Cresting the Hump-erdinck: Engelbert takes on Europe
- Richard Poplak
- 28 Mar 2012 (South Africa)
Europe is aging. The demographic details tell the whole story. Greece's pensions almost sank the country. The average Italian couple kills a child, instead of having 2.3 children. The Germans have officially removed the term "copulate" from their lexicon. And Engelbert Humperdinck, age 75, is Britain's choice for the Eurovision contest. A Viagra-jacked RICHARD POPLAK jumps an incredible tale of age triumphing over youth.
Ahh, the beauty of the wrinkle. What tales does it tell? It is a rune that speaks of experience, a hieroglyph etched into flesh. It is a window into time, a scar borne by the living who are not, happily, dead.
Most cultures respect their elders. Or, at least, they did. One of the trade-offs of modernity is that we discard the old, because we worship at the altar of the new. New car, new house, new person. Those wrinkles? The trick is to iron them out at the hand of a high-priced surgeon. The best thing about being old is that you can afford to be young.
And so: Engelbert Humperdinck, and his bid to win the 2012 Eurovision contest. For those who have, blessedly, never heard of Eurovision, it's a competition in which every European country submits a song and a performer, and battles it out for the big prize. It's sort of a proxy for a third major European blood bath, but in this case, the casualties are good taste, aesthetics, sonic coherency and the gag reflex.
How bad are the Eurovision-eers? Think of the Backstreet Boyz without the ability to hold a tune, songs written by the mind of a Pohl Pot, and production by the Witwatersrand School of the Deaf. Sandpaper on the eardrums. The fun is in the abject cheesiness, in the fact that the so-called arbiters of civilisation can lack the good sense not to put sequins on all of their clothing.
And so we come to the BBCs decision to nominate an icon of the 70s as Britain's choice for Eurovison-eer. The 75-year-old, who looks not so much worked-on as taxidermied – literally like a big, fluffy-faced throw-pillow – will go up against teenagers from Estonia and Luxembourg and Serbia (and a bunch of granny singers from Russia). "I am going to go out there and win," he has said. "I'm very positive.
"??So are the bookies, who... wait – why is it that no one questions the journalistic impulse to quote bookies every time a British person engages in anything remotely competitive? The point is that Humperdinck is psyched about the whole thing, at an age when most Britons are entering their third decade of retirement, drunk most nights at the local.
Oh, the Dincker is bullish indeed. "I once played to 18-million people in Riga," he has said of the Latvian capital, a country in which the population amounts to about 3-million. "I am hoping some of them will latch on to this when they watch me on that TV programme and hopefully support us in a great way. I am very positive. I really love a big challenge." I hope he has someone else running his numbers. Or a better bookie.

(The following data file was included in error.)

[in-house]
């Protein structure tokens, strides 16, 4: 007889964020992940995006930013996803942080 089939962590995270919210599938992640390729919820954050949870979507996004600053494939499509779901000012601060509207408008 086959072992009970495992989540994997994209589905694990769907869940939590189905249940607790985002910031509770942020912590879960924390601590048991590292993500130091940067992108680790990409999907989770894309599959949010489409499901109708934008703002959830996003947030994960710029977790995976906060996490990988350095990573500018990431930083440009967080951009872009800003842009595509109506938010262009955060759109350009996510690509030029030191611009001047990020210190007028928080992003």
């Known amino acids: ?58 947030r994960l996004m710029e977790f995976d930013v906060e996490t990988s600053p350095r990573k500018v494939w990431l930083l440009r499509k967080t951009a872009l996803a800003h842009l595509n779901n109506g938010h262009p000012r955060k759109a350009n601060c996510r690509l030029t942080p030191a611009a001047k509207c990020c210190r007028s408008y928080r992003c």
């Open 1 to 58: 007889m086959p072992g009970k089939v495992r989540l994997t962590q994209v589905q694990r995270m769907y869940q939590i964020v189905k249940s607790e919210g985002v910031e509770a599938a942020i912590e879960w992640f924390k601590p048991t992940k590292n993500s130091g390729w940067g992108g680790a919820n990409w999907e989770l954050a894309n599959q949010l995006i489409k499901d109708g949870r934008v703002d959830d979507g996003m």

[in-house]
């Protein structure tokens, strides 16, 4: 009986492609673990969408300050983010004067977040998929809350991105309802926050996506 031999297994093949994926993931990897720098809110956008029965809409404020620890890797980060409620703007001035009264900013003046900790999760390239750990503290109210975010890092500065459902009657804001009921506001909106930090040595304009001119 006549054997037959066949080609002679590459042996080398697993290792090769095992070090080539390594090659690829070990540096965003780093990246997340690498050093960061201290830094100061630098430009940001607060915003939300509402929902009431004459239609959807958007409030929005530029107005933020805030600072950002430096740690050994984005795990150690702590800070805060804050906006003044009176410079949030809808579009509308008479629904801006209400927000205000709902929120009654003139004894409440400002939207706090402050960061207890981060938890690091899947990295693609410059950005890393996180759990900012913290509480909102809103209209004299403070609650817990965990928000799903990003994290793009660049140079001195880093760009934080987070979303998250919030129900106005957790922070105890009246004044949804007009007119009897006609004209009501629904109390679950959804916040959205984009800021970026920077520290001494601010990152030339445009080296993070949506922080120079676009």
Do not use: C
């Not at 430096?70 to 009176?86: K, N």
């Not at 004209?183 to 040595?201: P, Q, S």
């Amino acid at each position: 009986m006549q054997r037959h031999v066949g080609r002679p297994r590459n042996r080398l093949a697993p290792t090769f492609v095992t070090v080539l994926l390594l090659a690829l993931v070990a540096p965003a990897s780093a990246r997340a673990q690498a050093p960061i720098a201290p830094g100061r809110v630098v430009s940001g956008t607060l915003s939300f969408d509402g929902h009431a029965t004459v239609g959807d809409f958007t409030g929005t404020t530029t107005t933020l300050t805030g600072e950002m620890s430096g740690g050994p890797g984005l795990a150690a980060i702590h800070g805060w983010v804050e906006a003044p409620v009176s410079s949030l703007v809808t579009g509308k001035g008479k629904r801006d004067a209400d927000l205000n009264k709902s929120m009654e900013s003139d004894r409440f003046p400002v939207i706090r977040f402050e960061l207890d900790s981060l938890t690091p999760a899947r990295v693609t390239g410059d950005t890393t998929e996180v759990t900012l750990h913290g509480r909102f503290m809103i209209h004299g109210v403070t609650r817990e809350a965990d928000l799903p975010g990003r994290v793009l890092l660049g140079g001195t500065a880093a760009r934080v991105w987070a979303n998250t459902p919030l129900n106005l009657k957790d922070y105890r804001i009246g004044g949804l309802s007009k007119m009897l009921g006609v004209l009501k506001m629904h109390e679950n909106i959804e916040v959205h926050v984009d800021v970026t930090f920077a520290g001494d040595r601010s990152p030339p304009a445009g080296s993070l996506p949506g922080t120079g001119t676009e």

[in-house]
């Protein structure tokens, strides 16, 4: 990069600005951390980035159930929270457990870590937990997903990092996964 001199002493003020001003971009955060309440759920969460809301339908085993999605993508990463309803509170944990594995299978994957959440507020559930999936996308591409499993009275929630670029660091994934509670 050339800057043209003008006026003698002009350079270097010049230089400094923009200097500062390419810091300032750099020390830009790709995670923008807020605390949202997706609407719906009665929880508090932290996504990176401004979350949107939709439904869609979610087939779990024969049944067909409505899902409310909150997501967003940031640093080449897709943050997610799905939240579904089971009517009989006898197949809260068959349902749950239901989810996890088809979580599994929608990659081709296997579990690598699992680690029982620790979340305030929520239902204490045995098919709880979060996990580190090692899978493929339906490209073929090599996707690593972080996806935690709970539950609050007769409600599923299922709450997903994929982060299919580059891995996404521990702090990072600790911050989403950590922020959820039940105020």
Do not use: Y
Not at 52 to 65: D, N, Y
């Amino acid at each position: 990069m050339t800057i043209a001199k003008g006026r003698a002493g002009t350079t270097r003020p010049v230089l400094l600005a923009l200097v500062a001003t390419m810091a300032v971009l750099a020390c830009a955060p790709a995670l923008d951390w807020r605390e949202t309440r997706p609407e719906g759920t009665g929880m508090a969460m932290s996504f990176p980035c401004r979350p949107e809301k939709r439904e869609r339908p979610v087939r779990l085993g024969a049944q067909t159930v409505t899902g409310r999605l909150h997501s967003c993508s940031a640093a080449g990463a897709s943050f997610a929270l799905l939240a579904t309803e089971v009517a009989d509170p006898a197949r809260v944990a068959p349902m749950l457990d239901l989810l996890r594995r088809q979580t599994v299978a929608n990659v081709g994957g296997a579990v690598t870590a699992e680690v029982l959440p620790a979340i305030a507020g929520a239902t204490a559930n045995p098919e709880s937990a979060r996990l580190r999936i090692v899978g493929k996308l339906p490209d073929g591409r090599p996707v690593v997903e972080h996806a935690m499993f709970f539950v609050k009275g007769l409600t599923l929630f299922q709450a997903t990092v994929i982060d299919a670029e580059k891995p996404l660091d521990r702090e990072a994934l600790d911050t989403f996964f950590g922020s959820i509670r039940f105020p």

Engelbert Humperdinck's name isn't Engelbert Humperdinck – it's Arnold George Dorsey. He needed the name to get attention in an era when the Beatles, and then the Stones, captured most of the headlines. But the Humpster sold records – 150-million by some accounts – and still sells tickets, and has outlasted at least a few of his opening acts, Jimi Hendrix notwithstanding.
So there is something wonderful about the Lad from Leicester going up against a contingent of children (and a bunch of granny singers from Russia) in a continent in which there are no children. The whole thing has a fairy tale air about it – a reversal of the Grimm's stories in which the old preyed upon the young. This time, it will be the septuagenarian who leaves the trail of sonic breadcrumbs, hopefully to a spectacular finale in which everyone wears pleather.
The ditty Engelbert will be hollering is the responsibility of the writer of James Blunt's You're Beautiful. (I wasn't kidding when I said this was as brutal as a European war.) The continent that brought us the Sistine Chapel will now bring us this work of undying art.
Age before beauty, as the saying goes. I'm putting money on the Humpster. He didn't invent the insipid. But he's had 60 years to perfect it. And to defeat a bunch of granny singers from Russia. DM
Photo: Singer Engelbert Humperdinck performs as guest during the international new singers contest New Wave in Jurmala on 28 July 2010. REUTERS/Ints Kalnins.
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